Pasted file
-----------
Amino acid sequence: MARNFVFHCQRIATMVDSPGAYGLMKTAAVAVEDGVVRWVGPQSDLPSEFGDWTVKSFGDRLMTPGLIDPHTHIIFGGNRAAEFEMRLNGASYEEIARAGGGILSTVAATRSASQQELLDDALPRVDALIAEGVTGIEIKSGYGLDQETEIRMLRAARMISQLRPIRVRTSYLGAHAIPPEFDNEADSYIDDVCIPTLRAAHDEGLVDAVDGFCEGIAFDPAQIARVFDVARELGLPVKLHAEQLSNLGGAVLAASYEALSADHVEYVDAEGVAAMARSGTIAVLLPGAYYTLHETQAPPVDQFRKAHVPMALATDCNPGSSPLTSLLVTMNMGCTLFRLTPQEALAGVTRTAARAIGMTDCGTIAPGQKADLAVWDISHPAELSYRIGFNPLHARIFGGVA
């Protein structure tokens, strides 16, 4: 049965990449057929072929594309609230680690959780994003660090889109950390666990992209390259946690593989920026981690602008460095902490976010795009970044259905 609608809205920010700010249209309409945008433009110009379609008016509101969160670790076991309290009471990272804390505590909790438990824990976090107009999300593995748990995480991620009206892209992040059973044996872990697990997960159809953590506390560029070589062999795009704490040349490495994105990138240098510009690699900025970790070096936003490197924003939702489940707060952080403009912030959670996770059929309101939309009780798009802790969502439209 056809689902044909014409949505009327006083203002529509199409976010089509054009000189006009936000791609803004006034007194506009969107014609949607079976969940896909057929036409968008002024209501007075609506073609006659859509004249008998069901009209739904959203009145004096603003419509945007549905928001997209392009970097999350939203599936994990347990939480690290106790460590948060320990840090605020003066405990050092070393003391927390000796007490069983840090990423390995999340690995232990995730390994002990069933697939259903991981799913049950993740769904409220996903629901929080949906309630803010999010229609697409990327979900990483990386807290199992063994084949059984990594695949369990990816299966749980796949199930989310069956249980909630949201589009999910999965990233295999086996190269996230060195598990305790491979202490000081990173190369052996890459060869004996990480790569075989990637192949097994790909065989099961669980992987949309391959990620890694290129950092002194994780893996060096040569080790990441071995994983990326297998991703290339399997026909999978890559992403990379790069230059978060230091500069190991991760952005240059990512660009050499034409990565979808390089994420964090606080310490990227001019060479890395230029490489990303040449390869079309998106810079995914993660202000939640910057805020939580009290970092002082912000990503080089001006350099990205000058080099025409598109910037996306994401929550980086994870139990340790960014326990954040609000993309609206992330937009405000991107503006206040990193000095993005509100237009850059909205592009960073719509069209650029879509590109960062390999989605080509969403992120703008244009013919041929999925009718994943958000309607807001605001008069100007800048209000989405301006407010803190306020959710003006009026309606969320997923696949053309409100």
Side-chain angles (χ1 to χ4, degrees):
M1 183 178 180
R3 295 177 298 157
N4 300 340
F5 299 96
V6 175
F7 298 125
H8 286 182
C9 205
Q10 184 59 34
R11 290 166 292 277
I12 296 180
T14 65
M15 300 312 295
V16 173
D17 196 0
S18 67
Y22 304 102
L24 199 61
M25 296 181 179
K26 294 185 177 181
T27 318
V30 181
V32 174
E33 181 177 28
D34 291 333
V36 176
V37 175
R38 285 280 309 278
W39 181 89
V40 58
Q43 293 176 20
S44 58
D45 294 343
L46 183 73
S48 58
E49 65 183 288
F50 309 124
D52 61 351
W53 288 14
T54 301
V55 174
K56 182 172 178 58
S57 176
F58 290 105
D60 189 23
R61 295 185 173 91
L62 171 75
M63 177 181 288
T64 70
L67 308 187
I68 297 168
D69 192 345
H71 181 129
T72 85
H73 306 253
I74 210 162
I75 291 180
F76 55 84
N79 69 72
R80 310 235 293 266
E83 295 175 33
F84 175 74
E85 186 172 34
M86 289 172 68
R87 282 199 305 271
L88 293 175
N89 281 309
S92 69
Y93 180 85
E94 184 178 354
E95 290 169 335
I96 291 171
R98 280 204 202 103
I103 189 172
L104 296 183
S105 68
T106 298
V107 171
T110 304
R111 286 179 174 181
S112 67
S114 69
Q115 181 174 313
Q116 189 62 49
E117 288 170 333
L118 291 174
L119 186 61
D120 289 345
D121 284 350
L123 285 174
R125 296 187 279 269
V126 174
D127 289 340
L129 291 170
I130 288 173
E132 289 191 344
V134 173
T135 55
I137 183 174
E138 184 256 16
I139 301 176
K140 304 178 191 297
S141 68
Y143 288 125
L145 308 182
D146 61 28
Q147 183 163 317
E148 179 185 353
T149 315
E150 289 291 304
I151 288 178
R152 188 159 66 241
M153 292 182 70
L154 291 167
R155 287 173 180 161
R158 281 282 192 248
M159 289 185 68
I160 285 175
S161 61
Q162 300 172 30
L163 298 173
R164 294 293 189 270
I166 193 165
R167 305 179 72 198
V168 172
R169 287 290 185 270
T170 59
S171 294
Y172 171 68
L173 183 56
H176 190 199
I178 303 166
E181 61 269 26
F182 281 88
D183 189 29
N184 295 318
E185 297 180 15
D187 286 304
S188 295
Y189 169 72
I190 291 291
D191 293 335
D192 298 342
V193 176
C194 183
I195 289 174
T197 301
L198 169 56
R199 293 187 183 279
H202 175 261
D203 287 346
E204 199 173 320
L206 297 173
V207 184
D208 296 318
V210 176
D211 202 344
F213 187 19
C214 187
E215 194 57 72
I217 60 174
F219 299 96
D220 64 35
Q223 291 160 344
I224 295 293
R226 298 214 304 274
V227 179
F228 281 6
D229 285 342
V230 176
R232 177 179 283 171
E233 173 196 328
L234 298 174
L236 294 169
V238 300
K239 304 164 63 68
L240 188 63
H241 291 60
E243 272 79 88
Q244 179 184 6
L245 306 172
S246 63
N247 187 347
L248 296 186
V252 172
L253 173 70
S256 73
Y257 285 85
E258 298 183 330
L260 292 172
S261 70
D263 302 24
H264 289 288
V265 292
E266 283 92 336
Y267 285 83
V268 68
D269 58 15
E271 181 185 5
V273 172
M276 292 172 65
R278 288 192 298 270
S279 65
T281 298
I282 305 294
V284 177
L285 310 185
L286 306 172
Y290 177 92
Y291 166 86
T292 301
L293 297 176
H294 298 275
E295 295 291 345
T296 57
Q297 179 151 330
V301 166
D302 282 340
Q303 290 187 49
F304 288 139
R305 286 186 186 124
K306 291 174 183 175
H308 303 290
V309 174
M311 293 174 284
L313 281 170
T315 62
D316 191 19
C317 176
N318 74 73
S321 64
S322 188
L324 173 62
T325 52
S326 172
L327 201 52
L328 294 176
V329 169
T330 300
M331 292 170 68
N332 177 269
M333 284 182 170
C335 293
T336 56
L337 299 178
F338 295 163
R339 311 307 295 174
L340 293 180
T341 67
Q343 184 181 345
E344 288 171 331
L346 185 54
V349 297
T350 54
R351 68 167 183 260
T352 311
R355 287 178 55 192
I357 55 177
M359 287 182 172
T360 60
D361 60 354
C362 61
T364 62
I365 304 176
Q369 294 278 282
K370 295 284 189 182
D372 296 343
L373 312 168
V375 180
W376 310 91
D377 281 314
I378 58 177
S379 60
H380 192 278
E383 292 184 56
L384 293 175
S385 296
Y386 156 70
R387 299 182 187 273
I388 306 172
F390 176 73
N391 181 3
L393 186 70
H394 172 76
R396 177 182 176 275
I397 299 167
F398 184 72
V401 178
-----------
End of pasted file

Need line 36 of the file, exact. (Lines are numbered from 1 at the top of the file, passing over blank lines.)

D45 294 343